Every time you float, you must shower and shampoo before and after and they had everything ready in the room beforehand. You must wear earplugs, too. They also provided a neck pillow for comfort while in the pod. I noticed the pod seemed massive compared to what I saw online. I think it was just seeing it in person for the first time. I also love they had Vaseline with the toiletries provided to protect your self from the Epsom salts if you had cuts and bruises. Because of my psoriasis, it was immensely helpful.
As I stepped into a pod, I couldn’t help but feel like I was some kind of alien. Climbing into a pod and shutting it over yourself is definitely a singular sensation. I tried not to have any expectations except to float. I heard a range of testimonials from deep relaxation to nausea to psychedelic visions.
I decided to forgo the light and let their meditation music play in the background at first. The music wasn’t distracting but it added to the chatter going on in my mind. Once I found the button to shut it off, my relaxation went to a deeper level. For some reason, I focused a lot on my maternal grandmother, Yvelle. We called her Veve. She passed away in 2003. She was beautiful with an appetite for life. I saw her face and couldn’t stop picturing the couches and curtains in her house on 109th in Queens. I even saw myself as a little girl sitting in a backseat of a car in New York, driving to or talking about going to a McDonald’s.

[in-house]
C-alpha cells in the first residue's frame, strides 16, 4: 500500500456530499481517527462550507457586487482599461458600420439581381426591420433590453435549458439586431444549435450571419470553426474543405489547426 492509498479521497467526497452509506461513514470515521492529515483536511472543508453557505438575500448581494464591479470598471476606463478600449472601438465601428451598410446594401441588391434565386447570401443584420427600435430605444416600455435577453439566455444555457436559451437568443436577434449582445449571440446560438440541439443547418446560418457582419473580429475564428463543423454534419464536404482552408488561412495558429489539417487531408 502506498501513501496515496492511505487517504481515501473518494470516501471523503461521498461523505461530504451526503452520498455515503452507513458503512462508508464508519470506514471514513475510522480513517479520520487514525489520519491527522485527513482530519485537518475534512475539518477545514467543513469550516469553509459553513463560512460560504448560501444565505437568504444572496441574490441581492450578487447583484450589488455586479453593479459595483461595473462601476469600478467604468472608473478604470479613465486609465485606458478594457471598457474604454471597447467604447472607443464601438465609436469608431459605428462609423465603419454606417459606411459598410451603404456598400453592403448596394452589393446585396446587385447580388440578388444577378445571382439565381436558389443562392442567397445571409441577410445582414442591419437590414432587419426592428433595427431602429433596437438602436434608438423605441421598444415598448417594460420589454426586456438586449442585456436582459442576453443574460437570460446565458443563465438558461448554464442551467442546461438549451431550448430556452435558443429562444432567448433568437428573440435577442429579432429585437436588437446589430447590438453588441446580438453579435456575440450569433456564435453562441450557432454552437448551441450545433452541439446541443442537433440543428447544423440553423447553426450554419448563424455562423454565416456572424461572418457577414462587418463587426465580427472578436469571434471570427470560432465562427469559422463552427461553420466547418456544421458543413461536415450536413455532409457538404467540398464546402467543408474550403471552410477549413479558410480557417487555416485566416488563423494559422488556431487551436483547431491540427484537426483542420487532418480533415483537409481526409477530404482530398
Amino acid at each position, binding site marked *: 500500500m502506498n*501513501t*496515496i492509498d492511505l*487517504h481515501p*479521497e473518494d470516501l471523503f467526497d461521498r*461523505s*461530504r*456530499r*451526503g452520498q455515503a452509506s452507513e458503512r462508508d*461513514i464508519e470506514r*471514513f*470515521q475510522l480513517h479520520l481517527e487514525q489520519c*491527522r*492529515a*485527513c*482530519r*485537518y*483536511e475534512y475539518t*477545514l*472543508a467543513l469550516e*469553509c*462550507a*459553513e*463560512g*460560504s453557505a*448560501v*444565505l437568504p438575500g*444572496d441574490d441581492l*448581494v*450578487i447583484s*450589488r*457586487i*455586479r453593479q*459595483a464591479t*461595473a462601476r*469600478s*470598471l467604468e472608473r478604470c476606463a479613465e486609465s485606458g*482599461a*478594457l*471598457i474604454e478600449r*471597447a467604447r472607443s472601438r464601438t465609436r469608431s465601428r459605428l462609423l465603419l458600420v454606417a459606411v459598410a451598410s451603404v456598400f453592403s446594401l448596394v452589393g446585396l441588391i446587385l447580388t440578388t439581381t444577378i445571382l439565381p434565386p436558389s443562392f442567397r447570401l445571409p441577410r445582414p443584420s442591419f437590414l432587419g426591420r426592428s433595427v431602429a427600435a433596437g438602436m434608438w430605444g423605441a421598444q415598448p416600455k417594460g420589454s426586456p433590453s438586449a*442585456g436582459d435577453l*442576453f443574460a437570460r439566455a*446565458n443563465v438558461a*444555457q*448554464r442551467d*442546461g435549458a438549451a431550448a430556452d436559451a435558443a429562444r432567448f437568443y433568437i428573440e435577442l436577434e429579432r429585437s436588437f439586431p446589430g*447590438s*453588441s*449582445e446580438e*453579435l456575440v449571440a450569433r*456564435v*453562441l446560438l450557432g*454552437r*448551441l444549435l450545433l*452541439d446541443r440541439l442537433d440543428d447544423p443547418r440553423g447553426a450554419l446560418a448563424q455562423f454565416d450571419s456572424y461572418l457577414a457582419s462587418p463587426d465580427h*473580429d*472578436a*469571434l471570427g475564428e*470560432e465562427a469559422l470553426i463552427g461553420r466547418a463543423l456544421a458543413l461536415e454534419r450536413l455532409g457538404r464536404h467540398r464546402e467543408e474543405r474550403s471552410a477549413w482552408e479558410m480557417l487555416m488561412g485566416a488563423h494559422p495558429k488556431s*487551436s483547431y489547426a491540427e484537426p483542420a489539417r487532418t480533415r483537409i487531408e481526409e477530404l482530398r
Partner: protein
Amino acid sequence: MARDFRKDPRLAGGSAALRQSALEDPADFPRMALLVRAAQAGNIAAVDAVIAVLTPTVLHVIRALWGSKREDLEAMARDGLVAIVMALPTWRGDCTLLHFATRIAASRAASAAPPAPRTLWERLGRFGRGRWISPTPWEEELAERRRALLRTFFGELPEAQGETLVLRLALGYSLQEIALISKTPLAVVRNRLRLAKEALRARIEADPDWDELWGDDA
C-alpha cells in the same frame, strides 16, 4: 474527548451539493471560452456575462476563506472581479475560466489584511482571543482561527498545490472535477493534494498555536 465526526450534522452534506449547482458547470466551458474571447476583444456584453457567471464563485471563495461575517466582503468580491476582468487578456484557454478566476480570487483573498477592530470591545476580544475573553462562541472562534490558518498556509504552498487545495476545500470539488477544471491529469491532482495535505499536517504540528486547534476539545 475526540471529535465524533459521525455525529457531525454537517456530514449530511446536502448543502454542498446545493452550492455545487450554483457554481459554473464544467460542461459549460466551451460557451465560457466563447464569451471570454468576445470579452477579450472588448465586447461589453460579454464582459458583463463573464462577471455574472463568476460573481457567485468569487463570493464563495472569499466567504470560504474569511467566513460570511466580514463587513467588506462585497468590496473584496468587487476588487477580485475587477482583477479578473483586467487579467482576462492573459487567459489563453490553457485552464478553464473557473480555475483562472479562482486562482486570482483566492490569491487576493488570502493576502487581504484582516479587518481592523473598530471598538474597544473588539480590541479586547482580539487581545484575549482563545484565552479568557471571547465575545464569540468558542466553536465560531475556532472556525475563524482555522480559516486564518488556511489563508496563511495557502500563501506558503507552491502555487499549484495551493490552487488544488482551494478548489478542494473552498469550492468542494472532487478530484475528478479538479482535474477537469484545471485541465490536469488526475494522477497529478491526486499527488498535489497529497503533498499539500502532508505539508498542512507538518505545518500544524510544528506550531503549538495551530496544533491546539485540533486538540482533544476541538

At one point, my body felt baked into the salt solution. My body was there but I was very aware that my brain was someplace else. I might have been dreaming. Even when I wasn’t sleeping or drifting off, I could clearly hear my breathing and heartbeat. I knew this could happen after watching part of the “Float Nation” documentary on YouTube.
Before I knew it, I simultaneously heard a soft, female voice telling me it was time to exit the pod and sensed the light come on in the pod. I came out of sleep (or whatever state I was in) and found I couldn’t just stand up or find the bottom which was crazy because I was only in 12 inches of water. I had to roll over to my side and grab the short bar to get my bearings and in a matter of seconds, I was able to stand up and lift the top of the pod.
When I walked out, I felt some cool air but it did not disturb me. I showered and left the float room and settled into the post-float room. It was complete with water, herbal teas, magazines, books, adult coloring books, a fireplace and more comfy seating. Hubby liked floating but kept the light on and told me he started exercising in the pod. The darkness freaked him out but it was one of the things that I liked best about it.
The fireplace in the post-float space. It was beautiful!
Hubby and I smiling from ear to ear after our floats!
The question is: Would I do it again?
Yes, because now that I know what to expect I think I will have a real idea if incorporating into my life will have real benefits on my journey of healing.
Your turn: Would you try floating? And if you have, what was your experience like?